**jm + distributions**
3

Good advice on running large-scale database stress tests

december 2014 by jm

I've been bitten by poor key distribution in tests in the past, so this is spot on: 'I'd run it with Zipfian, Pareto, and Dirac delta distributions, and I'd choose read-modify-write transactions.'

And of course, a dataset bigger than all combined RAM.

Also: http://smalldatum.blogspot.ie/2014/04/biebermarks.html -- the "Biebermark", where just a single row out of the entire db is contended on in a read/modify/write transaction: "the inspiration for this is maintaining counts for [highly contended] popular entities like Justin Bieber and One Direction."

biebermark
benchmarks
testing
performance
stress-tests
databases
storage
mongodb
innodb
foundationdb
aphyr
measurement
distributions
keys
zipfian
And of course, a dataset bigger than all combined RAM.

Also: http://smalldatum.blogspot.ie/2014/04/biebermarks.html -- the "Biebermark", where just a single row out of the entire db is contended on in a read/modify/write transaction: "the inspiration for this is maintaining counts for [highly contended] popular entities like Justin Bieber and One Direction."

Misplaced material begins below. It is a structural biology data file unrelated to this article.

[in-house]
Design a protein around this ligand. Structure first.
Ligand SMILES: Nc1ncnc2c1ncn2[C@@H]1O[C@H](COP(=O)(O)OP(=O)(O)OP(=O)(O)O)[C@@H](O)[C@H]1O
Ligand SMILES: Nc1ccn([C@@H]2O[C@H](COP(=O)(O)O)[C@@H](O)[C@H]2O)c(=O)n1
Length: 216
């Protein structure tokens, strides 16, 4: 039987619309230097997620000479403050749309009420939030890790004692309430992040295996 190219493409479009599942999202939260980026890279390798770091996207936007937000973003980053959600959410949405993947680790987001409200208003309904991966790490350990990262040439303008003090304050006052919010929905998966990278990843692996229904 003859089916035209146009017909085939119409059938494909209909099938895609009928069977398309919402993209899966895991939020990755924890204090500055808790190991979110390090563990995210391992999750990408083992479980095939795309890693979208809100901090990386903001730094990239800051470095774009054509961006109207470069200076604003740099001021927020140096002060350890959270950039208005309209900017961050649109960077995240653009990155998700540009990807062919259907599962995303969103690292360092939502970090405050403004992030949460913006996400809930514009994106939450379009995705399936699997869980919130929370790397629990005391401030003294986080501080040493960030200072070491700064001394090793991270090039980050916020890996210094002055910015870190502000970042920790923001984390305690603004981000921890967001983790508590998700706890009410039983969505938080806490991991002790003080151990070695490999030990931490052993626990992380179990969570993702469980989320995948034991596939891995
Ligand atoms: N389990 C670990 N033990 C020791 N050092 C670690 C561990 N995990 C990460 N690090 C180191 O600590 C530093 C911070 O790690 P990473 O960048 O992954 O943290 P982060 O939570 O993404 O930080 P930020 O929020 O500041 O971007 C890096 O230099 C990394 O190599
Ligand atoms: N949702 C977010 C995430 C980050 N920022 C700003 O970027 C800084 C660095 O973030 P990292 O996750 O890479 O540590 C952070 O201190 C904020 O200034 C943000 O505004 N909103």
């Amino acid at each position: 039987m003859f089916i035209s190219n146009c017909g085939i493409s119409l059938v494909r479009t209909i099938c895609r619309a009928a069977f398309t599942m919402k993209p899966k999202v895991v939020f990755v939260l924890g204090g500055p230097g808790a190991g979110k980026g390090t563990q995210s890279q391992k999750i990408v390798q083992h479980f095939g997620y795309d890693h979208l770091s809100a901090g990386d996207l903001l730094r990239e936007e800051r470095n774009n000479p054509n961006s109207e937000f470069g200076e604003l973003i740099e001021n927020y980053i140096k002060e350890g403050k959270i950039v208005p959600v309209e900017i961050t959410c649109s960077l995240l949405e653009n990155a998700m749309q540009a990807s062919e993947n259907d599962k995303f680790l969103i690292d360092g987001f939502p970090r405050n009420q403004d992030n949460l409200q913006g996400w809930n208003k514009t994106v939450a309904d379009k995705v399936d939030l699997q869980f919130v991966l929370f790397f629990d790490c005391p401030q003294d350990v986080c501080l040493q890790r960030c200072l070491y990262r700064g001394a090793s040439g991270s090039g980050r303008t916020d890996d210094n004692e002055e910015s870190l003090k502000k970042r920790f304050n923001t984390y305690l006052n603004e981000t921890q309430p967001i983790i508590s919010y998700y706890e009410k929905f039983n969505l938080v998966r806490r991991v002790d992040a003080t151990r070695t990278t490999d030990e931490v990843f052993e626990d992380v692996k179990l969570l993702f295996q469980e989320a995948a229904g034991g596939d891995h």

december 2014 by jm

Nassim Taleb: retire Standard Deviation

january 2014 by jm

Use the mean absolute deviation [...] it corresponds to "real life" much better than the first—and to reality. In fact, whenever people make decisions after being supplied with the standard deviation number, they act as if it were the expected mean deviation.'

Graydon Hoare in turn recommends the median absolute deviation. I prefer percentiles, anyway ;)

statistics
standard-deviation
stddev
maths
nassim-taleb
deviation
volatility
rmse
distributions
Graydon Hoare in turn recommends the median absolute deviation. I prefer percentiles, anyway ;)

january 2014 by jm

Fat Tails

july 2013 by jm

Nice d3.js demo of the fat-tailed distribution:

dataviz
via:hn
statistics
visualization
distributions
fat-tailed
kurtosis
d3.js
javascript
variance
deviation
A fat-tailed distribution looks normal but the parts far away from the average are thicker, meaning a higher chance of huge deviations. [...] Fat tails don't mean more variance; just different variance. For a given variance, a higher chance of extreme deviations implies a lower chance of medium ones.

july 2013 by jm

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